Water sources for bees need enough surface areas to prevent bees from drowing.
Honey bees need water for two main purposes.
Firstly, water is used to dilute crystallised honey so that it can be added to brood food. Secondly, honeybees need water to cool their hive.
They do this by fanning over a thin layer of water when the ambient temperature is over 35°C. The evaporation of the water cools down the hot air inside the hive and helps maintain the hive’s humidity to ensure that eggs hatch.
In winter, condensation on the inside of the hive should supply enough moisture. This may often produce too much water, causing dripping. This may kill bees if there is not good ventilation inside the hive.
Bees may also need water when transporting the hives over long distances.
How to Feed Water to Bees
Bees do not store water in their hive but need to go out and collect water. If there is no natural water source close to the hive, you need to feed water to your bees. Having clean water nearby can help reduce the energy used by bees to go in search of water.
Bees naturally suck moisture from a wet surface such as soil (or even washing drying on a line) rather than from an open water surface.
A container with an area of about 75 cm² (about the size of a 500 g margarine tub lid) per colony should be fine. The landing area needs to be greater than the watering area - for example, a saucer filled with marbles. Alternatively, provide some sort of floating device or a twig to keep bees from drowning. You can also supply water in a poultry feeder filled with a few stones.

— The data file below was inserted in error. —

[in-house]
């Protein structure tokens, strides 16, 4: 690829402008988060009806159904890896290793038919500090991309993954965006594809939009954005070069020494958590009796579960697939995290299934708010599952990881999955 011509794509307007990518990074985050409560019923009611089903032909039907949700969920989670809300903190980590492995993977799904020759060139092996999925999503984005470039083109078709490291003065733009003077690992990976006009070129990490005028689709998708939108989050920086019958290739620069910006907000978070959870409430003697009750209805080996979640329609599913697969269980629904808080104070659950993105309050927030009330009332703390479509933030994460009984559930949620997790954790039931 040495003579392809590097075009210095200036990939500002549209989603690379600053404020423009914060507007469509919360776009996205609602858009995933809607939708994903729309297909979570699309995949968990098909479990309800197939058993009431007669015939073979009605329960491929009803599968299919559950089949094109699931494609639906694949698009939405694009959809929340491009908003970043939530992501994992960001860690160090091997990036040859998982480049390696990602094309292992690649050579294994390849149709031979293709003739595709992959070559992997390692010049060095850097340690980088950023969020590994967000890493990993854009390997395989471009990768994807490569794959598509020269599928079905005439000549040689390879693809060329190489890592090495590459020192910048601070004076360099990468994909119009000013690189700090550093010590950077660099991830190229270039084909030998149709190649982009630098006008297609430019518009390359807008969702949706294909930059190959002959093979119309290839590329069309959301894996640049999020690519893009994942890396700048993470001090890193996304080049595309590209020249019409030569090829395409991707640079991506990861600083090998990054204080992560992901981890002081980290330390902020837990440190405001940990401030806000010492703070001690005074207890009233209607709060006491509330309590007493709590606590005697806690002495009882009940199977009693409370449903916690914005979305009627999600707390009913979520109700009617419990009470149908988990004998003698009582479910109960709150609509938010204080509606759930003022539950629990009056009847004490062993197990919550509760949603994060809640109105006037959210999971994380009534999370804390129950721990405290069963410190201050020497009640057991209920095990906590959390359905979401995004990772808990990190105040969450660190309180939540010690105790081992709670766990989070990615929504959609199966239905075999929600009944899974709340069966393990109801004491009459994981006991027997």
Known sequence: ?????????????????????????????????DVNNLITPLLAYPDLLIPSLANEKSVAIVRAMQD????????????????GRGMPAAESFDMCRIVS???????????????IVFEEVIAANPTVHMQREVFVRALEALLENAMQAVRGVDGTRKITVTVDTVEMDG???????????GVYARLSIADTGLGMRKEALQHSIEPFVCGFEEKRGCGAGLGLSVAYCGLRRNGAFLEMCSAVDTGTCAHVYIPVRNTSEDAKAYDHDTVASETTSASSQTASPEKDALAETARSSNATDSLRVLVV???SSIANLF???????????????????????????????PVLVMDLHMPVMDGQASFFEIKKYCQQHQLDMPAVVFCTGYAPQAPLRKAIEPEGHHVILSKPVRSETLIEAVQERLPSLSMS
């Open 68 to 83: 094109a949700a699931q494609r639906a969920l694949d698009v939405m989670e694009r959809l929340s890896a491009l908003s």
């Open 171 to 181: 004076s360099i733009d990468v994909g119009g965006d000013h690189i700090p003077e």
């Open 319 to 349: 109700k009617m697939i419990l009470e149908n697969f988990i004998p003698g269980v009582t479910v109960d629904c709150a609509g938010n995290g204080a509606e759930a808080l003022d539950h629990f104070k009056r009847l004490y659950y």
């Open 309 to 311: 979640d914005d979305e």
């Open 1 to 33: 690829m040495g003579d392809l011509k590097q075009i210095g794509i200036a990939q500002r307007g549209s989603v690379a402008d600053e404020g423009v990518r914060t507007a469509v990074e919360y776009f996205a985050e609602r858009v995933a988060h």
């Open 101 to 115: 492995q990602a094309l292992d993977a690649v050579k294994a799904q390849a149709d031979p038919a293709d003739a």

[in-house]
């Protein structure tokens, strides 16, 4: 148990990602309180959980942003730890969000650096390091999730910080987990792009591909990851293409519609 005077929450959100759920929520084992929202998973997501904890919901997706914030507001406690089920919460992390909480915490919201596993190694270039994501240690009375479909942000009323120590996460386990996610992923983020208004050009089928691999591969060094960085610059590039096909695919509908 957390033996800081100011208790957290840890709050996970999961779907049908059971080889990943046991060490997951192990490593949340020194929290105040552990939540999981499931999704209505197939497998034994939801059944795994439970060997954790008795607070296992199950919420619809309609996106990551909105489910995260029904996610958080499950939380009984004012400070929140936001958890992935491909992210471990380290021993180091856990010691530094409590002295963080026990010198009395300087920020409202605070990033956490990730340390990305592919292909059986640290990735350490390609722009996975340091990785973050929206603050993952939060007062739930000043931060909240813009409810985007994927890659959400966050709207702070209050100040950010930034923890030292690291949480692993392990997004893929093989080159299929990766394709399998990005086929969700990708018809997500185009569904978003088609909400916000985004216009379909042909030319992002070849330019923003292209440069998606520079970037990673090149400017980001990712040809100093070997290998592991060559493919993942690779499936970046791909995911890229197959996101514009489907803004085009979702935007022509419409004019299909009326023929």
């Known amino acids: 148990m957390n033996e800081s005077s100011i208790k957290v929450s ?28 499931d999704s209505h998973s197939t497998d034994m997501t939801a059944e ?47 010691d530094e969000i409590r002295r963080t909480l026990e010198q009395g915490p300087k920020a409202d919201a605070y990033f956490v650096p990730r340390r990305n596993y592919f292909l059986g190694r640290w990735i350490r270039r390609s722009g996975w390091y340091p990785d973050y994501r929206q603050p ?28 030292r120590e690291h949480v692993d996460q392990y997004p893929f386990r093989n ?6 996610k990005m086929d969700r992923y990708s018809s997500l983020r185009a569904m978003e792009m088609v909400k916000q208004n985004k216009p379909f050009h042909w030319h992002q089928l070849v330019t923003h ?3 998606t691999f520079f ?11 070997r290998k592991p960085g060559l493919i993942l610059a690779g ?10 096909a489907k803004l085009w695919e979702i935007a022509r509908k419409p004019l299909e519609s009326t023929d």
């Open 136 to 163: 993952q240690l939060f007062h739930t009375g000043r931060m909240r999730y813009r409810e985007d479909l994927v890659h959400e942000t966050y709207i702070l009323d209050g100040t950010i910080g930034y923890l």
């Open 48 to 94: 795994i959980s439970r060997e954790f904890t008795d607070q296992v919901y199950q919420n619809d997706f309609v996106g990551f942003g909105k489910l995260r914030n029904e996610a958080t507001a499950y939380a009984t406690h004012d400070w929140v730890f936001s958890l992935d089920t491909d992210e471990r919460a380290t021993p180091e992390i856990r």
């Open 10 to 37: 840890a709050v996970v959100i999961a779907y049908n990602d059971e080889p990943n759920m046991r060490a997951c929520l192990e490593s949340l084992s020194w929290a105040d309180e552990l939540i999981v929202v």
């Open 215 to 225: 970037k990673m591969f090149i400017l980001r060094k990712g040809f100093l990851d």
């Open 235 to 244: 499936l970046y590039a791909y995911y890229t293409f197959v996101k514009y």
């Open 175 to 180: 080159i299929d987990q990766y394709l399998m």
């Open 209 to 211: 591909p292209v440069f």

Entrance type feeders may be used, but a communal water site near the apiary could be more suitable. Ensure this source of water is not shared by other animals.
The Best Water Sources for Bees
Bees prefer a water source with some salt such as swimming pools.
If bees could order their drinks, they usually prefer water with some salts. For example, they prefer urine or pool water over that of a lake. A recent study showed that bees preferred water with 0.15 – 0.3% salt (NaCl). This is about 1 teaspoon of non-iodinated salt per 3.5 liters of water. Bees also prefer water that is warmer than 18°C.
When deciding on the best water source for bees, it helps to think like a bee. Bees’ eyes (all five of them) are accustomed to detect changes in motion and light levels, but flying fast and high, they might not see possible sources of water.
Bee researchers have found that bees detect water by smell. Water smelling like earth, water plants, rotting plants or even chlorine (swimming pools) are more attractive to bees than ‘clean’ water. These water sources also contain vitamins and micronutrients that can enhance honey bee nutrition.
By Marinda Louw